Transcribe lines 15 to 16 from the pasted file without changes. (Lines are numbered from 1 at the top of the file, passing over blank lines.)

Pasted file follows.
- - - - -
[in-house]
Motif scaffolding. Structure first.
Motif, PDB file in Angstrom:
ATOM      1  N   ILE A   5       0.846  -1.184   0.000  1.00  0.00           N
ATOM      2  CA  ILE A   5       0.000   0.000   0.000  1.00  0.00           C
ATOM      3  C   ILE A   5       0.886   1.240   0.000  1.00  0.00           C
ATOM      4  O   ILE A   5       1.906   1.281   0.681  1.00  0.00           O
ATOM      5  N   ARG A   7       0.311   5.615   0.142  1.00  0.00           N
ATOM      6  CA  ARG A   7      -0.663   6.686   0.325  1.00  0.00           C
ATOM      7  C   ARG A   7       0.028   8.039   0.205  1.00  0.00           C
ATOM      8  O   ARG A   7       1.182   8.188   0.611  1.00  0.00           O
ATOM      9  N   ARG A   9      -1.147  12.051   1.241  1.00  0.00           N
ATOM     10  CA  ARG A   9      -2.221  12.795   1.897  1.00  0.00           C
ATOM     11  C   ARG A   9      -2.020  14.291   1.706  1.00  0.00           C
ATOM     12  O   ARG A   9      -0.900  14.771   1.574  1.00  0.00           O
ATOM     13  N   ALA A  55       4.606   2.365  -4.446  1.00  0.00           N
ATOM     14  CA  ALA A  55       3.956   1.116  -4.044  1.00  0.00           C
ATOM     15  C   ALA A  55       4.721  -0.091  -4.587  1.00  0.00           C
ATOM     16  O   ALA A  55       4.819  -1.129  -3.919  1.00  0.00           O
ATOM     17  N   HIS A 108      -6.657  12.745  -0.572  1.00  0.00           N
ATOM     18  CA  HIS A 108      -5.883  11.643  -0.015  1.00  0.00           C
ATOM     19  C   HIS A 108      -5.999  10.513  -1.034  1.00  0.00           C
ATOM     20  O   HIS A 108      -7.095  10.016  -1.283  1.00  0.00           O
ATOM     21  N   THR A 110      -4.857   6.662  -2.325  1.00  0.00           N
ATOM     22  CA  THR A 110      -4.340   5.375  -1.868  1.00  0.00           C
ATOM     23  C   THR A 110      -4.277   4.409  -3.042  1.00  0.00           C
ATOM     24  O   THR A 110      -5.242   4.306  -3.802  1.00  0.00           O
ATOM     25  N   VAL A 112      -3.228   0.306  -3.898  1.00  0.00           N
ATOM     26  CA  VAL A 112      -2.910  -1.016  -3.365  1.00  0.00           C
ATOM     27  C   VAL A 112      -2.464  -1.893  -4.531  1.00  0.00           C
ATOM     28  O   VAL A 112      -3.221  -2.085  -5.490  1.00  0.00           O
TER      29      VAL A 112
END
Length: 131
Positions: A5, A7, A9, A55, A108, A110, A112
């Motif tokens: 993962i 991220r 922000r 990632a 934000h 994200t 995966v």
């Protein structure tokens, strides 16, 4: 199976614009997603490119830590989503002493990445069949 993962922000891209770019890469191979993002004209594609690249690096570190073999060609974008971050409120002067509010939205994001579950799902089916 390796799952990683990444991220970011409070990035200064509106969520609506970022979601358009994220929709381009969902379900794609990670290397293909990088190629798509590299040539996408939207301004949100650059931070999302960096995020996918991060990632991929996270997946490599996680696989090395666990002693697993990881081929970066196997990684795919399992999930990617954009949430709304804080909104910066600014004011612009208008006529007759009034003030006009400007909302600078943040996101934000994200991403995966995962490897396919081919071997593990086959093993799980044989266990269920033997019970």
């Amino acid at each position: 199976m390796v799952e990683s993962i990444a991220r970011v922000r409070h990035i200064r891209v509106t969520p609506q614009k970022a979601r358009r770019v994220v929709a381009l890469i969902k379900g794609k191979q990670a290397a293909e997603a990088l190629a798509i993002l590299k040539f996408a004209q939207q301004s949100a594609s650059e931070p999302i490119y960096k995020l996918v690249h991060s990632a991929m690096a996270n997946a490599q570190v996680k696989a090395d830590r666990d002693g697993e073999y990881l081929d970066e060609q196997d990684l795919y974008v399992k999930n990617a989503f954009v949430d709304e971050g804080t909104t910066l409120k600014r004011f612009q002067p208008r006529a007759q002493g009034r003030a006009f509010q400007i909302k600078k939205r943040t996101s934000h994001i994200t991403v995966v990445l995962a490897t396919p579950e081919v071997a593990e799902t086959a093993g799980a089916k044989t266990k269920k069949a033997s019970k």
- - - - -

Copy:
ATOM     12  O   ARG A   9      -0.900  14.771   1.574  1.00  0.00           O
ATOM     13  N   ALA A  55       4.606   2.365  -4.446  1.00  0.00           N